‘Armenian’ Cities’ Elections

Garen Yegparian


It’s that time of the biennial election cycle when many California cities hold their local elections for city councils, school boards, and college boards. Among these are Burbank, Los Angeles, Pasadena, and Glendale—in election date order. All four have Armenian populations of sufficient size to have a significant impact on election outcomes, so they are worthy of special attention, since so many Armenians, and by extension, broader Armenian political interests, will be impacted. In this respect, participation, that is voting, is the key to success and progress.

In Burbank, Armenian participation played a determining role in the outcome of the 2013 election. This year, with two Armenian candidates running for school board and a strong field of city council candidates, hopes are running high for good turnout from our community. The most important aspect of this, and the other cities’, elections is participation. For the specifics, see Burbank ANCA’s endorsements. Leading up to the February 24 election date, a lively campaign of calling, door-knocking, and election-sign posting has been under way, with no significant foul play from the field of candidates. Four or five days after you read this, the results will be in. There may be candidates who get elected, but most likely, the office holders will be determined by the general election scheduled for April 14.

A week after Burbank, Los Angeles holds its elections on March 3. In this case, the LA Unified School Board (LAUSD) and Community College Board elections are consolidated with the LA’s. As a result, many smaller cities included in those districts also hold their elections. In fact, Burbank voters have to cast ballots in two elections on two Tuesdays, back to back, because Burbank is part of this college district. Once again, see the ANCA endorsements. But the race for the 5th district deserves mention. Bennet Kayser is running for reelection and facing serious challengers. He has been very helpful in restraining the Gulen movement’s surrogates in their efforts to expand their Turkish-themed charter school programs in LAUSD. If you live in his 5th district, please vote for him.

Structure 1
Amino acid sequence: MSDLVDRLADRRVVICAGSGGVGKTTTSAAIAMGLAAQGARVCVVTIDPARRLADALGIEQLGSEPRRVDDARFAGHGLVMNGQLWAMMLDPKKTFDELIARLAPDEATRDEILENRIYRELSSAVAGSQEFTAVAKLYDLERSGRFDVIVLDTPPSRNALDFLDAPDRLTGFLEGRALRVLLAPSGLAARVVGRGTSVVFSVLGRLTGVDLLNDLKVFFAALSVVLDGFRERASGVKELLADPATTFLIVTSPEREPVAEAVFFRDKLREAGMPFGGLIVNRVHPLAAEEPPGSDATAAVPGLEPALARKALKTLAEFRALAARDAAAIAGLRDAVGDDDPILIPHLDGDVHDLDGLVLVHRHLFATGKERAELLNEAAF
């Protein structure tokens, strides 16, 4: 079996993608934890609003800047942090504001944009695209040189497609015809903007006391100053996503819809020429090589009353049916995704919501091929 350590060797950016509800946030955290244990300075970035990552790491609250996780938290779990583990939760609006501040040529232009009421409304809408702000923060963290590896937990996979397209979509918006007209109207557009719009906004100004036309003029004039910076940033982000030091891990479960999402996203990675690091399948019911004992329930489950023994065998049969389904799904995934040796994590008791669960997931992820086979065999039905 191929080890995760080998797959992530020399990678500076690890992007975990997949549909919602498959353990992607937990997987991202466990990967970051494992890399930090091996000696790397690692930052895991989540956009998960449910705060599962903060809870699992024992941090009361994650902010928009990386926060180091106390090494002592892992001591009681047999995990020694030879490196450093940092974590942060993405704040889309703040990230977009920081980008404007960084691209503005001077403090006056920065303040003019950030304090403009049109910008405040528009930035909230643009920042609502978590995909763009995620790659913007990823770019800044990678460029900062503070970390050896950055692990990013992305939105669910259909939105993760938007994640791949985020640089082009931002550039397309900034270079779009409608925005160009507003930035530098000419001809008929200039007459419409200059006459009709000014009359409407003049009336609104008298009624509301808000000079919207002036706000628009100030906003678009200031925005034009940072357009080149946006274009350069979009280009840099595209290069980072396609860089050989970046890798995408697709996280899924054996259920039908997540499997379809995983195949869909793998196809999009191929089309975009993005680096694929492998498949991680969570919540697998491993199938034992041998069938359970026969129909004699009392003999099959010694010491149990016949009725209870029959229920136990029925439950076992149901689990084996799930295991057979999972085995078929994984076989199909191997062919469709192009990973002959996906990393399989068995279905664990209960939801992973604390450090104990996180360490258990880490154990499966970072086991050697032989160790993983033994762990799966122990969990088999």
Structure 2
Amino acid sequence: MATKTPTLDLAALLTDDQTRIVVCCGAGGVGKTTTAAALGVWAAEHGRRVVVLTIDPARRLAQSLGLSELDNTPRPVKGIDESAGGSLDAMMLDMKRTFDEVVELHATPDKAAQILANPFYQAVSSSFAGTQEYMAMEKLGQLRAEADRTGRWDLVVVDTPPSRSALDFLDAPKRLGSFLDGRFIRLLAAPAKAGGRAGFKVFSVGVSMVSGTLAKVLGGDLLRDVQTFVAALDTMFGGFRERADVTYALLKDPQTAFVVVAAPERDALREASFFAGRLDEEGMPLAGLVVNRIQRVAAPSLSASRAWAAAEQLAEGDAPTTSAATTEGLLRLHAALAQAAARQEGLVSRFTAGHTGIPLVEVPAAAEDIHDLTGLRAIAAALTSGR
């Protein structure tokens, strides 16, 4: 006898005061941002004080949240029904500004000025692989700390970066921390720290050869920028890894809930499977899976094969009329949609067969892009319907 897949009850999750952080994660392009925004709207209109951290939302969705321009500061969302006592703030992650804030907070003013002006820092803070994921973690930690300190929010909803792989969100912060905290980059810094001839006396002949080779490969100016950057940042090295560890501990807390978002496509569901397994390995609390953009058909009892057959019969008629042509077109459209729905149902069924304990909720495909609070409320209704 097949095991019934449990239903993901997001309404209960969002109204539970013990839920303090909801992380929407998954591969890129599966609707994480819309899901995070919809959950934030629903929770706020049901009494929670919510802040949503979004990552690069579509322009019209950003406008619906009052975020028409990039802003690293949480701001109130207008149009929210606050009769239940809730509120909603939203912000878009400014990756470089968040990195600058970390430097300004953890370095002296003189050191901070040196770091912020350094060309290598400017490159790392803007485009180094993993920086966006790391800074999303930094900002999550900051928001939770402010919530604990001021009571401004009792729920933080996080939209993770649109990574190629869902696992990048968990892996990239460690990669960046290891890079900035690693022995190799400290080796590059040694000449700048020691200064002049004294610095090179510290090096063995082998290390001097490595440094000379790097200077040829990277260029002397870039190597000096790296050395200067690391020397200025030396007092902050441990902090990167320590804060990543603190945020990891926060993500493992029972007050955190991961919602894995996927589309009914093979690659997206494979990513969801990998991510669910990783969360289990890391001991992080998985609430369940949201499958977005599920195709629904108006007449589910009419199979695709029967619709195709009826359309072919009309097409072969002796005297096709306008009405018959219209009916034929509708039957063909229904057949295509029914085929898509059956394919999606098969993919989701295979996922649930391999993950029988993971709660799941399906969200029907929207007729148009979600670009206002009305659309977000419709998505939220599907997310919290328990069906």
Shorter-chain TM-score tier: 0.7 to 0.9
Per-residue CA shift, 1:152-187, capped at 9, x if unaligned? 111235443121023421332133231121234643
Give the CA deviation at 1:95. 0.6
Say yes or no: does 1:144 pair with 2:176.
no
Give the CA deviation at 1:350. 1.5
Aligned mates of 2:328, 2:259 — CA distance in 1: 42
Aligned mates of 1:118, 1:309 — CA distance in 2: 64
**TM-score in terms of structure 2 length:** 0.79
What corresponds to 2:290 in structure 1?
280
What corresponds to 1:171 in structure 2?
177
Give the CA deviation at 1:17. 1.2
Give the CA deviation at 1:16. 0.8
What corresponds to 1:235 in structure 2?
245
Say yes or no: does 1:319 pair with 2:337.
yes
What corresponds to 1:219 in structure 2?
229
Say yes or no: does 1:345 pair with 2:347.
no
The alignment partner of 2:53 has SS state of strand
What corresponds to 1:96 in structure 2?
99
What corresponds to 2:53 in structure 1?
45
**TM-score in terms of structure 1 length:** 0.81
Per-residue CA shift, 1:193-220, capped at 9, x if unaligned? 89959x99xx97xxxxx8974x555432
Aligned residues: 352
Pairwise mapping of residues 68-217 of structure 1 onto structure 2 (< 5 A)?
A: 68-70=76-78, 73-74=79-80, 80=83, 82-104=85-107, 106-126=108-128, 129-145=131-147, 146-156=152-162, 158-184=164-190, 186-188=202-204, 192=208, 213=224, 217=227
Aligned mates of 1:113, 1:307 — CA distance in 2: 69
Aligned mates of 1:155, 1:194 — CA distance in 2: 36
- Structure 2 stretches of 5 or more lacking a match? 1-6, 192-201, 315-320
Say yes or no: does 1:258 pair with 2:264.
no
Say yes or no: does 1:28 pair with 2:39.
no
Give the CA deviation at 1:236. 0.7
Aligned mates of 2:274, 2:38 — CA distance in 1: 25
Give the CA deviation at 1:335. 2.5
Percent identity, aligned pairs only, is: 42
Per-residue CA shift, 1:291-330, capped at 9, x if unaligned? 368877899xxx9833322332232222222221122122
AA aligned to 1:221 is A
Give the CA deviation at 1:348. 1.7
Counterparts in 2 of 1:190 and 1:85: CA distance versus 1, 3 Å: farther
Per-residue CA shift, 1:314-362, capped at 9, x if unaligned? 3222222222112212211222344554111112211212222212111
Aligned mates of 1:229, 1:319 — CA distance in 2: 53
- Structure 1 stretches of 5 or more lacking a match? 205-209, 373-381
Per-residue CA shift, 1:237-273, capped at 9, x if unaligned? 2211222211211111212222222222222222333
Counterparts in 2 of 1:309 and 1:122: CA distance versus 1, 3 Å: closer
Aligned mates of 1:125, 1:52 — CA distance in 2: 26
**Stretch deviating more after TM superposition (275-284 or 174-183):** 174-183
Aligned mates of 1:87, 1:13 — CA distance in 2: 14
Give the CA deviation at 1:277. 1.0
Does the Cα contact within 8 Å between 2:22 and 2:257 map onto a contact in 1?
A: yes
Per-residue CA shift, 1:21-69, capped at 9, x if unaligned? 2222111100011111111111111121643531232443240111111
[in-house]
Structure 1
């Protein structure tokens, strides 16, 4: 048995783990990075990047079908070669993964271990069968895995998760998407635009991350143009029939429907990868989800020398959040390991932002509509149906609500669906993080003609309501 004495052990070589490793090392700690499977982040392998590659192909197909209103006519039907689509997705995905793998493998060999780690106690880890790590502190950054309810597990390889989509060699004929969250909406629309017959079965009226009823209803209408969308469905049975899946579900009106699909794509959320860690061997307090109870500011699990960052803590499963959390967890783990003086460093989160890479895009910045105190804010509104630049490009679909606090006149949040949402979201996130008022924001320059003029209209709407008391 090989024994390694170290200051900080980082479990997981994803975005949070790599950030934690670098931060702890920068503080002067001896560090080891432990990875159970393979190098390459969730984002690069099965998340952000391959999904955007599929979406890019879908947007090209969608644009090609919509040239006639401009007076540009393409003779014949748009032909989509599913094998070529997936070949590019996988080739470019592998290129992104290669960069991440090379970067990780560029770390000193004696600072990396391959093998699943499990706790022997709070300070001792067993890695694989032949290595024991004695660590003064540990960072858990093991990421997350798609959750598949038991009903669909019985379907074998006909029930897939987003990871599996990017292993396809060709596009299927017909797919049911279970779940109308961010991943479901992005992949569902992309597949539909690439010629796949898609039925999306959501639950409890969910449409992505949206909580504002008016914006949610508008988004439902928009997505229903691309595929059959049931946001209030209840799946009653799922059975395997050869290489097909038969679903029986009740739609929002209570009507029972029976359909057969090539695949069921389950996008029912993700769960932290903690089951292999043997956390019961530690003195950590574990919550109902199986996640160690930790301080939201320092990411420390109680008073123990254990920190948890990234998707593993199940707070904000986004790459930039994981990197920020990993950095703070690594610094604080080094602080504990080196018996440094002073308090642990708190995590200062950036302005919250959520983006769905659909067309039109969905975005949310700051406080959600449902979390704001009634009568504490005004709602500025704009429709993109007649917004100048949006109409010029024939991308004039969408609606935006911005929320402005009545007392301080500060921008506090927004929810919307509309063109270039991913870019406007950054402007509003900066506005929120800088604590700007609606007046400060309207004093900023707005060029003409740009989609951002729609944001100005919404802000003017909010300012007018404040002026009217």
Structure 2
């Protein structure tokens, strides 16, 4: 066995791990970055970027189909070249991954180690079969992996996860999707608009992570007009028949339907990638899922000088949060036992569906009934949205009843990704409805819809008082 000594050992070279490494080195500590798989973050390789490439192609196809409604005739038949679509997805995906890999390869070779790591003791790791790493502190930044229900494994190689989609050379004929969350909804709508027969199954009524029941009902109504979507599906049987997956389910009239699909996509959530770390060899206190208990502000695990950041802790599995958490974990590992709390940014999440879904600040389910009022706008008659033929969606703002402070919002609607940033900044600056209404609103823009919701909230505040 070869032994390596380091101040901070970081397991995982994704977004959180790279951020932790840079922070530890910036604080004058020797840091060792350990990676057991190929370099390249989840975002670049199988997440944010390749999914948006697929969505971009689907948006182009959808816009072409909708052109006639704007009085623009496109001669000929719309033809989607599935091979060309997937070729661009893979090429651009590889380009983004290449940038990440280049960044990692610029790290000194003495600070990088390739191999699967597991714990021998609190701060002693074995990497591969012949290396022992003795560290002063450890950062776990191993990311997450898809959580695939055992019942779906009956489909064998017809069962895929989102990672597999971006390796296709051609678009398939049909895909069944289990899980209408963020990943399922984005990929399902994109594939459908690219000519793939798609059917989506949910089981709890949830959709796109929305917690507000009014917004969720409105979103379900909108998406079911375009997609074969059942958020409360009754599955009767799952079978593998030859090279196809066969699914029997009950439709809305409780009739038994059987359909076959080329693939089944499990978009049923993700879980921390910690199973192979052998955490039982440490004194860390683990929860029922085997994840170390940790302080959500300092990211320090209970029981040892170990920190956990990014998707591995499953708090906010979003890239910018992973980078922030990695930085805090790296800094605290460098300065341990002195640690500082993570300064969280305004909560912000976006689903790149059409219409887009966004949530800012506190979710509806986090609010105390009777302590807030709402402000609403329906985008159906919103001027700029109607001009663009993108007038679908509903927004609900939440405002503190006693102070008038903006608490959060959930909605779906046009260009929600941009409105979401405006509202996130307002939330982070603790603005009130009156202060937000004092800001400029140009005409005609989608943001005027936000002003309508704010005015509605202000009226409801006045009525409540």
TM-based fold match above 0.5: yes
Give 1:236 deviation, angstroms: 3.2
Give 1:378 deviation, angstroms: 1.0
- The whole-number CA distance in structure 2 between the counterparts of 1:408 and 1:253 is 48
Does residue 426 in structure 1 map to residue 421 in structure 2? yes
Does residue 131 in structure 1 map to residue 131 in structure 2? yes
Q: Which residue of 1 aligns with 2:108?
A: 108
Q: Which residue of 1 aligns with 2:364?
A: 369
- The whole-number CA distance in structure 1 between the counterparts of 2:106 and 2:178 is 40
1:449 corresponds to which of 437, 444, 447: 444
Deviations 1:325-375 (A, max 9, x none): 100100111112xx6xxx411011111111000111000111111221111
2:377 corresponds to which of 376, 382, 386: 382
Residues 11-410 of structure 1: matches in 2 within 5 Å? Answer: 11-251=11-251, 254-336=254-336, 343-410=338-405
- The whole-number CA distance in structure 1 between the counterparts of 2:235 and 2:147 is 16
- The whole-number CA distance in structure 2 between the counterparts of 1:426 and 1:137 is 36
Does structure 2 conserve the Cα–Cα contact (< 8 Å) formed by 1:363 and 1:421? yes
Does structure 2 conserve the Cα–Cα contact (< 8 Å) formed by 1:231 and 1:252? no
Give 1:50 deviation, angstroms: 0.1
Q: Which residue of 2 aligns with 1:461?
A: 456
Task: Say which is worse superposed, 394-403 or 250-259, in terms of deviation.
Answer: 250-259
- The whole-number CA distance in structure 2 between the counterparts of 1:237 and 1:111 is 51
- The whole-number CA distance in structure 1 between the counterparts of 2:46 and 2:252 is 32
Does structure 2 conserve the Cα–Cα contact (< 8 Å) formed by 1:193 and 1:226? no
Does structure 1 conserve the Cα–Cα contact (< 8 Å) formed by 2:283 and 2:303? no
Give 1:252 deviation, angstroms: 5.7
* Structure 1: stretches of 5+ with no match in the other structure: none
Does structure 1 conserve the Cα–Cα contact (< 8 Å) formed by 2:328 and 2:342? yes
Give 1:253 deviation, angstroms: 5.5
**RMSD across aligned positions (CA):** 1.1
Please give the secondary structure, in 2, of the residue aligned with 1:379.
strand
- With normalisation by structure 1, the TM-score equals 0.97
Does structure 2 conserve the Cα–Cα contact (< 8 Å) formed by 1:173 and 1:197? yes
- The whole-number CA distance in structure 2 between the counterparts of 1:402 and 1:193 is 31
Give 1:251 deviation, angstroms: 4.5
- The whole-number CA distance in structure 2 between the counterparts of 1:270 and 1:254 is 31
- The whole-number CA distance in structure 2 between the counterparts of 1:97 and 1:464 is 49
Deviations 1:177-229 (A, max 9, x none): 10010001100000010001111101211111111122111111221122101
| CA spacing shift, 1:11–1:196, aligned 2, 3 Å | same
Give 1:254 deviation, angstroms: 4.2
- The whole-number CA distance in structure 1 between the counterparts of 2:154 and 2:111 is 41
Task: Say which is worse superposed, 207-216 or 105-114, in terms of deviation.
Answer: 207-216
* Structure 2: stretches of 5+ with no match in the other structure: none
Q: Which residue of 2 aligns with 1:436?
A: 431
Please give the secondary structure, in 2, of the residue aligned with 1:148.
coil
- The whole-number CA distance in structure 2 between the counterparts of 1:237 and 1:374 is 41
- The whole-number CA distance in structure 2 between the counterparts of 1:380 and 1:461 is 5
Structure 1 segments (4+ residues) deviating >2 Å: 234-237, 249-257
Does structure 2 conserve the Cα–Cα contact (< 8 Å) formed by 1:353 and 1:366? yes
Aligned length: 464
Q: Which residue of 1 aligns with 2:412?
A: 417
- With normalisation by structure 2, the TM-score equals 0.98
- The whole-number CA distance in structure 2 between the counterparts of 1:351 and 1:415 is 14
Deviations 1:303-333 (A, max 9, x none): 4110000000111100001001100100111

Some city council races with significant Armenian populations are also exciting, and others have obvious choices, see the ANCA endorsements. In the 2nd Council district, Paul Krekorian is the obvious choice, but there’s a long-shot opportunity to have another Armenian elected to council as well, and that’s in the 4th district where a field of 14 candidates is likely to scatter the vote so much, especially among a handful of top tier candidates, that Rostom Sarkissian, one of the candidates (and, for full disclosure, my campaign consultant in 2009 when I ran for Burbank City Council) might be able to make it into the general election. The 6th district features a rematch between Cinday Montanez and Nury Martinez and the 14th some very strong challengers to the incumbent—I mention these two districts because pockets heavy Armenian population in them give our community the opportunity to play a very important, if not decisive, role in the outcome. Make sure to get out and vote, especially in these districts.

Just one more week later, on March 10, Pasadena will be holding its primary elections. In this case, the exciting news is that Pasadena ANCA has endorsed one of the mayoral candidates, Terry Tornek, in the primary, which doesn’t happen often. See the endorsements for details, but remember, especially in Pasadena, with districted (not at-large like Burbank and Glendale) elections, the opportunity to make the Armenian community’s voice heard is even more present. In district 2 of the Pasadena School Board race, an Armenian candidate endorsed by the Pasadena ANCA is running. So be sure to vote. Depending on how things turn out, Pasadena may hold a general election on April 21.

The Glendale elections are still a bit far off, April 7. Unlike the other three cities we’ve discussed, Glendale has only one round of elections, with the highest vote-getters being elected. Things started out strangely. An incumbent school board member’s signatures were submitted late because of a misunderstanding. But, a judge just ruled that person would be eligible to run for office. And, we have a candidate who’s trying to get elected to city council for the sixth time. But perhaps most interesting is the proposal before the voters of the city to hold future elections on a districted basis. I’ll get into the details a few weeks later as the election draws closer.

Just remember, VOTE, VOTE, VOTE, and do it early, by mail, if at all possible. That’s how we will ongoingly increase our community’s clout and presence on the political scene and better be able to pursue our goals.


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